Yes, the lack of QB-power is what always held them back. That and the fact that, despite Chuck Knox being a real good coach, Landry was simply on a higher level. Bud Grant as well. If the Vikings weren’t necessarily better in a given year, they always seemed to at least have LA’s number, at least. The irony that a 9-7 finisher with Malavasi at-helm instead of Knox, and new Ferragamo and Tyler on offense, would be the ones to represent the NFC instead. But most of those players on those very good Rams teams all decade long were there in that Super Bowl, and whatever shortcomings they struggled with early that season were now ironed-out! Especially with a truly inspired JACK YOUNGBLOOD leading the charge into the Rose Bowl!! And not only does he play…WITH A BROKEN LEG, he then plays…WITH A BROKEN LEG the following week in…the PRO BOWL!! Those were the days!

    Steelers winning SBXIV – and in LA albeit not in the Rams’ actual stadium – was no small task at all! Rams threw everything they possibly could at them. And BUD CARSON, no stranger of course to them, on the opposing sideline? As you say, it was a ‘Curtain Call’. No, not consciously but subconsciously they “knew” this may be it, so put up another final “classic” performance! Just like when the Beatles, after fighting for years now, went into the studio all-but-“knowing” this would be their last recording sessions, and nailed ‘Abbey Road’! Beatles broke-up the following calendar-year in 1970, the Steeler Dynasty was deemed “over” sometime in 1980, after that 4-1 start.


  2. Will never forget that 35-7 loss to San Diego … talk about a team that didn’t show up that day. A good wake-up call for them, though. 1980 season was a disappointment, for sure (and we’re going to be replaying that 9-7 campaign soon), but I remember watching them in Tampa Bay (was on sidelines for second half), and they were still imposing to say the least. They still had Bleier, Wagner, Kolb, albeit creakier. What killed them in the ’80 campaign were the two tight losses to the 6-10 Bengals (by one point and two points) and a one-point loss to Cleveland; winning those three games would have won them the division. Of course, they tellingly lost that 45-34 MNF contest to Oakland, which had radically changed its own chemistry by sending Stabler, Casper and Tatum to Houston. They still showed shades of their former glory in the close losses to the ’81 Niners and the ’82 Chargers in the strike postseason — and would likely have won those games had they been at full strength.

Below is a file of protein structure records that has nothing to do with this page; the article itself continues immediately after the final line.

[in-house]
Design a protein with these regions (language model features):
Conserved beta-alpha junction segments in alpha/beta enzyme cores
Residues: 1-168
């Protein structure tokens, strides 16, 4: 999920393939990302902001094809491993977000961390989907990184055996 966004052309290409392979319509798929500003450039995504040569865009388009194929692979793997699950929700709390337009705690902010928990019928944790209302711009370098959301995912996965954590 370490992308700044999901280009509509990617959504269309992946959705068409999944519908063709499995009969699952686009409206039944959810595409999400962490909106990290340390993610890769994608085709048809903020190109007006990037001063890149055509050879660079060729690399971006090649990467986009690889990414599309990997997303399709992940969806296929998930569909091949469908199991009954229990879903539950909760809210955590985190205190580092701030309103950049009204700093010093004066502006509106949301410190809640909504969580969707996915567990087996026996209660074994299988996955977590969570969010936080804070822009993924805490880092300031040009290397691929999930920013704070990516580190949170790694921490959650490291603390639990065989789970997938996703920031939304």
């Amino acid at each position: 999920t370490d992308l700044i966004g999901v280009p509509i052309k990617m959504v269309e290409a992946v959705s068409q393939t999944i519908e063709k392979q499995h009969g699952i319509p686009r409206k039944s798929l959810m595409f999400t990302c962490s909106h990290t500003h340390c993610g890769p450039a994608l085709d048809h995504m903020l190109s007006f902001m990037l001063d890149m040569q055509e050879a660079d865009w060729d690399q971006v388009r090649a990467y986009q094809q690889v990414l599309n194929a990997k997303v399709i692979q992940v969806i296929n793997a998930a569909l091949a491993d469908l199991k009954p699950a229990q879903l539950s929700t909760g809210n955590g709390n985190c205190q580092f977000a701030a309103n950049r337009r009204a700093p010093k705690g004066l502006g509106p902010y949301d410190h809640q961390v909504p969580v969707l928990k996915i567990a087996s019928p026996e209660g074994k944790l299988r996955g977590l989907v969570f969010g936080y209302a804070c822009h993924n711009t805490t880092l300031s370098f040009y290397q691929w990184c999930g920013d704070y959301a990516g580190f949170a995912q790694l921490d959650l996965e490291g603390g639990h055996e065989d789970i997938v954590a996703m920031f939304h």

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    • I thought time had passed those Steelers by by then. They were on fumes at the end of both Super Bowl XIII and XIV. The games they played were getting closer and closer. By 1980, they had come back to the pack. Age and injuries slowed them like all teams. That 45-34 loss to the Raiders at home in 1980 proved it. The Cincinnati Bengals kept beating them and that ended the era on them.